Latasha Everson/The Tifton Gazette
Tifton was one of six locations that hosted this year’s Georgia Ag Forecast seminar. The other five locations were Athens, Rome, Macon, Bainbridge and Lyons.
Over 250 people attended the two-hour seminar in Tifton, which was held Wednesday at the University of Georgia Tifton Campus Conference Center, says Maria Bowie, marketing director for the UGA College of Agricultural and Environmental Sciences.
“We had a great turnout,” she stated Thursday during a phone interview from Bainbridge, where a seminar was being held. She noted that this is the first year that they have held one of the seminars in Bainbridge; over 80 people participated. She stated that Lyons is the last stop for this year’s Georgia Ag Forecast.
Bowie said the Georgia Ag Forecast is a series of seminars that are presented across the state each year. The University of Georgia presents the information through the Center for Agribusiness and Economic Development, while also partnering with the Georgia Farm Bureau and the Georgia Department of Agriculture. During the seminars, various topics on Georgia agriculture are addressed to help growers and agribusinesses. Participants are also provided with a book of data on inputs, crops, livestock, financial outlook and other helpful information.
In one section of the book, it gives a 2012 recap on crops — grains and soybeans. It reads, “The 2012 crop season was a record for Georgia’s major crops as corn set record yields and soybeans had a second best yield. Grain and soybean acres increased overall in Georgia, shifting out of cotton. Corn again led the way followed by wheat, soybeans and grain sorghum in planted acreage. While drought conditions persisted in Georgia, timely rains allowed early planting and above-average crop conditions in 2012. Average prices were at record levels in 2011, and 2012 looks to break those again because of the Midwest drought.”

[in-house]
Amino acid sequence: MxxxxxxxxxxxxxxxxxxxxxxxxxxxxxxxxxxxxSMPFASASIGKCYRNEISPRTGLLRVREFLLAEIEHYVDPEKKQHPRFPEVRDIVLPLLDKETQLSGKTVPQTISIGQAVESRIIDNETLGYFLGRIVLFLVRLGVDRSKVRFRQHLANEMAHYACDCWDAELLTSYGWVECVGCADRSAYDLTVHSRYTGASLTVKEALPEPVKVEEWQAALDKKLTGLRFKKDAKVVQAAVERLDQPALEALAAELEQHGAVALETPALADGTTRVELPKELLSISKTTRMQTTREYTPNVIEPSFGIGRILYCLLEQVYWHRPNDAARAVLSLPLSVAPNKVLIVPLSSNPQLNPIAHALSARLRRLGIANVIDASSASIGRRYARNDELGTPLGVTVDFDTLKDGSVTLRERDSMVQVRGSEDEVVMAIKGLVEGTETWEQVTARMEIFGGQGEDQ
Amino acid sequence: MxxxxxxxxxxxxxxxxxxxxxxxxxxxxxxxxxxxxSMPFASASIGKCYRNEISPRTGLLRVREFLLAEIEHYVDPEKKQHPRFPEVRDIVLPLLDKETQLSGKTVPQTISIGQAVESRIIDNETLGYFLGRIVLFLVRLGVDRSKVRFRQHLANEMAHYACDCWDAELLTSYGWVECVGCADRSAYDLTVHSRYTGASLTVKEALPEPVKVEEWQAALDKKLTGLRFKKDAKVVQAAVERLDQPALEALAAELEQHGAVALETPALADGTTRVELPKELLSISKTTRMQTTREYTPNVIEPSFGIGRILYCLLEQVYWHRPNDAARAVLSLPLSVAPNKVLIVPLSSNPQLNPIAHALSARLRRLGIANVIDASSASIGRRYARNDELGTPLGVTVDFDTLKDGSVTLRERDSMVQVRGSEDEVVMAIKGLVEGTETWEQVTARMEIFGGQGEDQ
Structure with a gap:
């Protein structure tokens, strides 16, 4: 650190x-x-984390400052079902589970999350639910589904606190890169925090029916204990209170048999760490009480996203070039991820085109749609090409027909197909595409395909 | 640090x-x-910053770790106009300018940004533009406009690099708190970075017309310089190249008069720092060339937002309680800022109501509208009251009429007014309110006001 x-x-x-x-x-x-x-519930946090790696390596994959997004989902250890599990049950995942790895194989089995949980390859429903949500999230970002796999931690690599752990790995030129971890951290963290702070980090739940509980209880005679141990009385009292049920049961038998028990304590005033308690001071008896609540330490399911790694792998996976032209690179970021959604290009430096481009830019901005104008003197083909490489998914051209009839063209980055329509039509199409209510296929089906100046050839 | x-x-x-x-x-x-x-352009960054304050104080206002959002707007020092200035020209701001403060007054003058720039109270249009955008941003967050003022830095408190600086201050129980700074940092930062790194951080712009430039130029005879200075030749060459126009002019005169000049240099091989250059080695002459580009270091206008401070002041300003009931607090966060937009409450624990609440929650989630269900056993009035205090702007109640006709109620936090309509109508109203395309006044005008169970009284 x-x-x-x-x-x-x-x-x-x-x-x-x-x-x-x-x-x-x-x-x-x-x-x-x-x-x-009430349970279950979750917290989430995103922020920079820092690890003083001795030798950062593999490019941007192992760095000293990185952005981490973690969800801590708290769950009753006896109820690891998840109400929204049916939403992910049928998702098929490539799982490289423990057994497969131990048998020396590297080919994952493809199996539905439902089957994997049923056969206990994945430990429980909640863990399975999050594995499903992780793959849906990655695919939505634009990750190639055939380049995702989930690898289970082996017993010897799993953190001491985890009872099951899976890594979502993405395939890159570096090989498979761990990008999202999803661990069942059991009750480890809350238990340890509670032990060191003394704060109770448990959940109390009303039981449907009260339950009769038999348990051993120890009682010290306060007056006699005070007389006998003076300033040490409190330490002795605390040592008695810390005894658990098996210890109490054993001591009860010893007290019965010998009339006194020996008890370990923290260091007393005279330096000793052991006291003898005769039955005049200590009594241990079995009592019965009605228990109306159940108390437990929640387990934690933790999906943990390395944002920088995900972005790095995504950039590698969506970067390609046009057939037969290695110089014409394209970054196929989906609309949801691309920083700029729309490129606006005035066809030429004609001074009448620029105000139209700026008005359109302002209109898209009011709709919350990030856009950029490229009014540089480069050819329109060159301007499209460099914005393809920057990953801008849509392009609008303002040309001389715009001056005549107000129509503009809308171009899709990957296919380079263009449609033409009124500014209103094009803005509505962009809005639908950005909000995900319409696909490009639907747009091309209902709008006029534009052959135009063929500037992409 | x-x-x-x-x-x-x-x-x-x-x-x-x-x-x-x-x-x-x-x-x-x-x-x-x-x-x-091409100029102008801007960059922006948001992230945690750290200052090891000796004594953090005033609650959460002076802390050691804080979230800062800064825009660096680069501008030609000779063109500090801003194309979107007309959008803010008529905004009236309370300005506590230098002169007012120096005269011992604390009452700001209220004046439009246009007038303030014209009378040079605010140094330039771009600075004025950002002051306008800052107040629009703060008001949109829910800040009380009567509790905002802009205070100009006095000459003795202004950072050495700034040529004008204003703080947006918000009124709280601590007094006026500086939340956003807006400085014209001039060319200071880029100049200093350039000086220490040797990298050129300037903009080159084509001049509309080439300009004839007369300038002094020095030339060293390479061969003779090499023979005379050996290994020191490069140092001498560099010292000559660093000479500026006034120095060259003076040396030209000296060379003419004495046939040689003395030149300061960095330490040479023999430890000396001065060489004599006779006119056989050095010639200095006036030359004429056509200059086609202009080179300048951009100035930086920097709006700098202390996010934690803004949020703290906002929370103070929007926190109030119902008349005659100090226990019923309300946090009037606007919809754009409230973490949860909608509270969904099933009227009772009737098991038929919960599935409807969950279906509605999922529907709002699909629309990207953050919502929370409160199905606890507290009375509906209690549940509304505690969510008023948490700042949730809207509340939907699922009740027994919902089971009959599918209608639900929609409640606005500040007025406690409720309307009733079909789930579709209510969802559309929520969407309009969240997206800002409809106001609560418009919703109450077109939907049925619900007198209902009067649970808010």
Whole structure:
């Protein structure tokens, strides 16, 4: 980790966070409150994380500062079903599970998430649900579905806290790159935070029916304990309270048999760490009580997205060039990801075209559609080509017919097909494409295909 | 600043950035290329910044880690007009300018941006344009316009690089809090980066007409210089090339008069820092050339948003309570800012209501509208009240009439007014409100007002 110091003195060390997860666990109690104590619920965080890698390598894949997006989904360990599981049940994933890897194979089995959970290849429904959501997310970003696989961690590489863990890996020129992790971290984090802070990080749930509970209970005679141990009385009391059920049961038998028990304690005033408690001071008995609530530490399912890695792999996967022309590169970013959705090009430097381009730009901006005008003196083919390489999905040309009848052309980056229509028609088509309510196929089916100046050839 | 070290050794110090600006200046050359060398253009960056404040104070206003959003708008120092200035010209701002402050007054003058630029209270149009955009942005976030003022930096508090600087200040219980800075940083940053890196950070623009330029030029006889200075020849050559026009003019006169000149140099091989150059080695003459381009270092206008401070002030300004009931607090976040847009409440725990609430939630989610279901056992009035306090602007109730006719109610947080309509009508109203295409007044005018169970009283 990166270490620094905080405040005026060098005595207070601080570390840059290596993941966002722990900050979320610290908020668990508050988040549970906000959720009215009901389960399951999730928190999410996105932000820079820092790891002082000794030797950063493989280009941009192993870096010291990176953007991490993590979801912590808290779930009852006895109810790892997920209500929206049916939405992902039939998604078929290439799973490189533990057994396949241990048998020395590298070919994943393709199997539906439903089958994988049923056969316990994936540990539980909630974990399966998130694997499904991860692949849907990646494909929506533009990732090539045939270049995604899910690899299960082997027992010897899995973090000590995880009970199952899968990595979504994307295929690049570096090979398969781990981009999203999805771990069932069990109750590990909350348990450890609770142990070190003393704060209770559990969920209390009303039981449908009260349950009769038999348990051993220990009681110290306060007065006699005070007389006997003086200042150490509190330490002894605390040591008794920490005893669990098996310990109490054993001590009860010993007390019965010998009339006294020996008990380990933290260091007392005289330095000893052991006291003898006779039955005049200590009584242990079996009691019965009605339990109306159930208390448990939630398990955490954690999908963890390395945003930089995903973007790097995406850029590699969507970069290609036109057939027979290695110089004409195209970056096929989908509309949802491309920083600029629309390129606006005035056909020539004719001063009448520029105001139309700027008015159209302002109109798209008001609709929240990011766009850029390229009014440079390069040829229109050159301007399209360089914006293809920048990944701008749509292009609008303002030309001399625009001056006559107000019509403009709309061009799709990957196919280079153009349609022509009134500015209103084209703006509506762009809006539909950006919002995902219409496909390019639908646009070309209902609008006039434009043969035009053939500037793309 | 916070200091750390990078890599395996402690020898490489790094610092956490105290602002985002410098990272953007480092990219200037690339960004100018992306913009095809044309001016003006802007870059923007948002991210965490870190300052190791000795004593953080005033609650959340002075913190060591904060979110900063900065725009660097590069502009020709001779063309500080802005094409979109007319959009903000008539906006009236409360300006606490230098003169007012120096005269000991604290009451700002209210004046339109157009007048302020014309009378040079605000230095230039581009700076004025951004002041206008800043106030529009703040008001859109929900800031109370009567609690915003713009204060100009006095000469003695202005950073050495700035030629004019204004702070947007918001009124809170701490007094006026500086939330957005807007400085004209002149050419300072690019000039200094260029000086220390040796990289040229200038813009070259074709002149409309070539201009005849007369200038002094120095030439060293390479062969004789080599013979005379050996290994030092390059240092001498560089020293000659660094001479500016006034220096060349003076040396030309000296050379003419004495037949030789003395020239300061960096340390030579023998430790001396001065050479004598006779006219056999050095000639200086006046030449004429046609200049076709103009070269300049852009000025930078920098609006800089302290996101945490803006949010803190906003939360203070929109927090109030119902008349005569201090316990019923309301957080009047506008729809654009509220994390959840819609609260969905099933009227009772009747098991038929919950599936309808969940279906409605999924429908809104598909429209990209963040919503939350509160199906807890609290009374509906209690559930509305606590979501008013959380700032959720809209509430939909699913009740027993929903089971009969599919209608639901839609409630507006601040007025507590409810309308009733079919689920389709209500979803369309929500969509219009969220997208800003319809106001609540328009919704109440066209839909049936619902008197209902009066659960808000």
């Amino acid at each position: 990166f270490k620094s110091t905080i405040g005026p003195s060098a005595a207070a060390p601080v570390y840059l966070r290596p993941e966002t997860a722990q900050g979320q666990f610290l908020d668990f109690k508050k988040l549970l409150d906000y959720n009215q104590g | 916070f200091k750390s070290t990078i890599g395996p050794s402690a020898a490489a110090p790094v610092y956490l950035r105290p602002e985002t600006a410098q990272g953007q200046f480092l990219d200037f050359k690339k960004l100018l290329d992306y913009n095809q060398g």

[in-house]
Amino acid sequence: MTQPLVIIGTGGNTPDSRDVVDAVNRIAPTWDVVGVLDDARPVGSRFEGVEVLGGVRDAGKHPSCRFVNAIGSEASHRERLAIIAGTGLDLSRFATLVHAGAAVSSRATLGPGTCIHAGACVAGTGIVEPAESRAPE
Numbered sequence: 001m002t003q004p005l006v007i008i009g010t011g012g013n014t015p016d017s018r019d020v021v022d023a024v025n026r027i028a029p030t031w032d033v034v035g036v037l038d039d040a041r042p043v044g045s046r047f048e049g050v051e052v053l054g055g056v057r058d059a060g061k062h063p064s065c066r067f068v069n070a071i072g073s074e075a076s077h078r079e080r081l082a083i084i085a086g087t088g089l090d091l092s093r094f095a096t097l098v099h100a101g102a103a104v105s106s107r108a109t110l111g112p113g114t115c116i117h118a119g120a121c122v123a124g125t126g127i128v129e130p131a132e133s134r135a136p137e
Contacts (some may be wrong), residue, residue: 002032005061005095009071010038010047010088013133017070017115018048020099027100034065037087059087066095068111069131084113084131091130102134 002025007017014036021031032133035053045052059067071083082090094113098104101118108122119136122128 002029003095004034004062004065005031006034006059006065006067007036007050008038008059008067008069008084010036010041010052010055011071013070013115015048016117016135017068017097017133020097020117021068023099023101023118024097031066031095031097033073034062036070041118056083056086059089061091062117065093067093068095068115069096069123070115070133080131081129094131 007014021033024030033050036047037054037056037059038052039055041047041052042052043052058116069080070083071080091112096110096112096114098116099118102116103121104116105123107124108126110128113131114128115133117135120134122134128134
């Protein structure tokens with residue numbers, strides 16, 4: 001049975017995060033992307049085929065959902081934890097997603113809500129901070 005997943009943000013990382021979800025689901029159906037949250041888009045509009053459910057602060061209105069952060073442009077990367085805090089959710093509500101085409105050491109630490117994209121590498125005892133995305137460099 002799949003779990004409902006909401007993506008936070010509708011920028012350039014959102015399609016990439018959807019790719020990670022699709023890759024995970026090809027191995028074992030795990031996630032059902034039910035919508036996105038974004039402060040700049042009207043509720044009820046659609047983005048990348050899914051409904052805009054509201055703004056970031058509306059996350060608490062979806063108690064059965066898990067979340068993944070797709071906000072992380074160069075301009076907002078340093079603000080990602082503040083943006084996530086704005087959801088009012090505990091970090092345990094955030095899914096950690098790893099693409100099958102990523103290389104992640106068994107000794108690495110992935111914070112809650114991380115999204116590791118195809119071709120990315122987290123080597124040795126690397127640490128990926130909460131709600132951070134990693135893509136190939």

According to the Georgia Ag Forecast website, the 2013 seminar focused on UGA economists presenting the economic outlook for agricultural products and agribusinesses in the upcoming year. Additionally, the Georgia Department of Economic Development shared valuable information for those looking to get into international trade or learn about how the global economy impacts their businesses.
Bowie said this year’s theme was exporting, which is currently one of the hottest topics in Georgia agriculture. The keynote speaker for the seminar held in Tifton was Kathe Falls.
Falls oversees the International Trade team of the Georgia Department of Economic Development, which provides services that contribute to the expansion of Georgia’s exports, the creation and retention of jobs attributable to exports and the continued internationalization of Georgia’s economy.
Also, cotton and peanut producer Jimmy Webb, who is currently a managing partner with Harvey Jordan Farms Partnership in Leary, was the local speaker. He provided participants with a regional perspective concerning the state’s cotton exports. Another speaker, Don Shurley, who is widely recognized as one of the country’s leading cotton experts, gave an economic outlook. His work focuses on market situation and outlook, economics of production systems, policy and risk management.
Bowie said the Georgia Ag Forecast seminar began in 2007. That first year, the seminar was held in Albany for the Southwest Georgia area. However, since then, the seminar has been held in Tifton every year.
“We always come to Tifton,” Bowie said, commending the services at the UGA Tifton Campus Conference Center.
To contact reporter Latasha Everson, call 382-4321.